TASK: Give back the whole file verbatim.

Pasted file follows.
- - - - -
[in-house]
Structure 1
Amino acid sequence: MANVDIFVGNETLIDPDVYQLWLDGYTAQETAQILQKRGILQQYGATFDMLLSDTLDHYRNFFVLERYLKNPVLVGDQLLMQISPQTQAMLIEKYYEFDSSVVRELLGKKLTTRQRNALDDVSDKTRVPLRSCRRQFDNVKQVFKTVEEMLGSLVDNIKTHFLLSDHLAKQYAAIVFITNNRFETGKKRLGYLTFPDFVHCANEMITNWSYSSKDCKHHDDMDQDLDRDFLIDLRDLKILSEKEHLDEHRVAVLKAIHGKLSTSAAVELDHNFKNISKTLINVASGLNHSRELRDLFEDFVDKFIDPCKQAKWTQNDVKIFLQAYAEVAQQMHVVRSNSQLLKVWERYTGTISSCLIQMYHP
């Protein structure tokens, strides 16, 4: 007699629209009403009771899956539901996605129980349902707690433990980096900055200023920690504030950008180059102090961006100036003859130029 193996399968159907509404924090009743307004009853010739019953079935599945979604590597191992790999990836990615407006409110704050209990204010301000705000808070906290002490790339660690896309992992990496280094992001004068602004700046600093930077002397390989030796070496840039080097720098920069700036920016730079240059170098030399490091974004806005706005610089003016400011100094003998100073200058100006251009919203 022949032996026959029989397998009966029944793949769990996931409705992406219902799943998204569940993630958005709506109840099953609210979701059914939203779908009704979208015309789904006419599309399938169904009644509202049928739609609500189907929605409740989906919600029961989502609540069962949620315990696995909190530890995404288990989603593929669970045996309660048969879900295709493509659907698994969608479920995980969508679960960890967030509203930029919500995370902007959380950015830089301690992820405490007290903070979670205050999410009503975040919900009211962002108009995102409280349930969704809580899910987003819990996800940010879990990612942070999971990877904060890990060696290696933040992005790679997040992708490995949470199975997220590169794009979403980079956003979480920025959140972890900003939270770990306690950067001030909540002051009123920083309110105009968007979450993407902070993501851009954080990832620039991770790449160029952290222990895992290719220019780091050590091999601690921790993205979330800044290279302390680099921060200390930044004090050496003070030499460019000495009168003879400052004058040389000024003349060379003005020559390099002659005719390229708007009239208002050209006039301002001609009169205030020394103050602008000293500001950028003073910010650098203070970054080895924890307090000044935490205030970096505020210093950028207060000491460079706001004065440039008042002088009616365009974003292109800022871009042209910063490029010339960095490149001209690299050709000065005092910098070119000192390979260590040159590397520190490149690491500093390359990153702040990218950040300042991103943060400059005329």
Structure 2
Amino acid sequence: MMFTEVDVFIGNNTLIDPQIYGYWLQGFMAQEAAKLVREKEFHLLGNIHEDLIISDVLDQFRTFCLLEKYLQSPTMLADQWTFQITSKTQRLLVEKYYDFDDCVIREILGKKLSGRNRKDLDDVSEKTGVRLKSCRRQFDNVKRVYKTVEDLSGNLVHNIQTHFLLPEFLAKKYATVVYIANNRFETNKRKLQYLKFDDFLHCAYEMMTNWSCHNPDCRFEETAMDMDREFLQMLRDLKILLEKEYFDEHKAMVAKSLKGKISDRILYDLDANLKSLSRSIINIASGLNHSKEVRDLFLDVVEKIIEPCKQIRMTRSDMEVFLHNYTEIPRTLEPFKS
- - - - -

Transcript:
[in-house]
Structure 1
Amino acid sequence: MANVDIFVGNETLIDPDVYQLWLDGYTAQETAQILQKRGILQQYGATFDMLLSDTLDHYRNFFVLERYLKNPVLVGDQLLMQISPQTQAMLIEKYYEFDSSVVRELLGKKLTTRQRNALDDVSDKTRVPLRSCRRQFDNVKQVFKTVEEMLGSLVDNIKTHFLLSDHLAKQYAAIVFITNNRFETGKKRLGYLTFPDFVHCANEMITNWSYSSKDCKHHDDMDQDLDRDFLIDLRDLKILSEKEHLDEHRVAVLKAIHGKLSTSAAVELDHNFKNISKTLINVASGLNHSRELRDLFEDFVDKFIDPCKQAKWTQNDVKIFLQAYAEVAQQMHVVRSNSQLLKVWERYTGTISSCLIQMYHP
């Protein structure tokens, strides 16, 4: 007699629209009403009771899956539901996605129980349902707690433990980096900055200023920690504030950008180059102090961006100036003859130029 193996399968159907509404924090009743307004009853010739019953079935599945979604590597191992790999990836990615407006409110704050209990204010301000705000808070906290002490790339660690896309992992990496280094992001004068602004700046600093930077002397390989030796070496840039080097720098920069700036920016730079240059170098030399490091974004806005706005610089003016400011100094003998100073200058100006251009919203 022949032996026959029989397998009966029944793949769990996931409705992406219902799943998204569940993630958005709506109840099953609210979701059914939203779908009704979208015309789904006419599309399938169904009644509202049928739609609500189907929605409740989906919600029961989502609540069962949620315990696995909190530890995404288990989603593929669970045996309660048969879900295709493509659907698994969608479920995980969508679960960890967030509203930029919500995370902007959380950015830089301690992820405490007290903070979670205050999410009503975040919900009211962002108009995102409280349930969704809580899910987003819990996800940010879990990612942070999971990877904060890990060696290696933040992005790679997040992708490995949470199975997220590169794009979403980079956003979480920025959140972890900003939270770990306690950067001030909540002051009123920083309110105009968007979450993407902070993501851009954080990832620039991770790449160029952290222990895992290719220019780091050590091999601690921790993205979330800044290279302390680099921060200390930044004090050496003070030499460019000495009168003879400052004058040389000024003349060379003005020559390099002659005719390229708007009239208002050209006039301002001609009169205030020394103050602008000293500001950028003073910010650098203070970054080895924890307090000044935490205030970096505020210093950028207060000491460079706001004065440039008042002088009616365009974003292109800022871009042209910063490029010339960095490149001209690299050709000065005092910098070119000192390979260590040159590397520190490149690491500093390359990153702040990218950040300042991103943060400059005329």
Structure 2
Amino acid sequence: MMFTEVDVFIGNNTLIDPQIYGYWLQGFMAQEAAKLVREKEFHLLGNIHEDLIISDVLDQFRTFCLLEKYLQSPTMLADQWTFQITSKTQRLLVEKYYDFDDCVIREILGKKLSGRNRKDLDDVSEKTGVRLKSCRRQFDNVKRVYKTVEDLSGNLVHNIQTHFLLPEFLAKKYATVVYIANNRFETNKRKLQYLKFDDFLHCAYEMMTNWSCHNPDCRFEETAMDMDREFLQMLRDLKILLEKEYFDEHKAMVAKSLKGKISDRILYDLDANLKSLSRSIINIASGLNHSKEVRDLFLDVVEKIIEPCKQIRMTRSDMEVFLHNYTEIPRTLEPFKS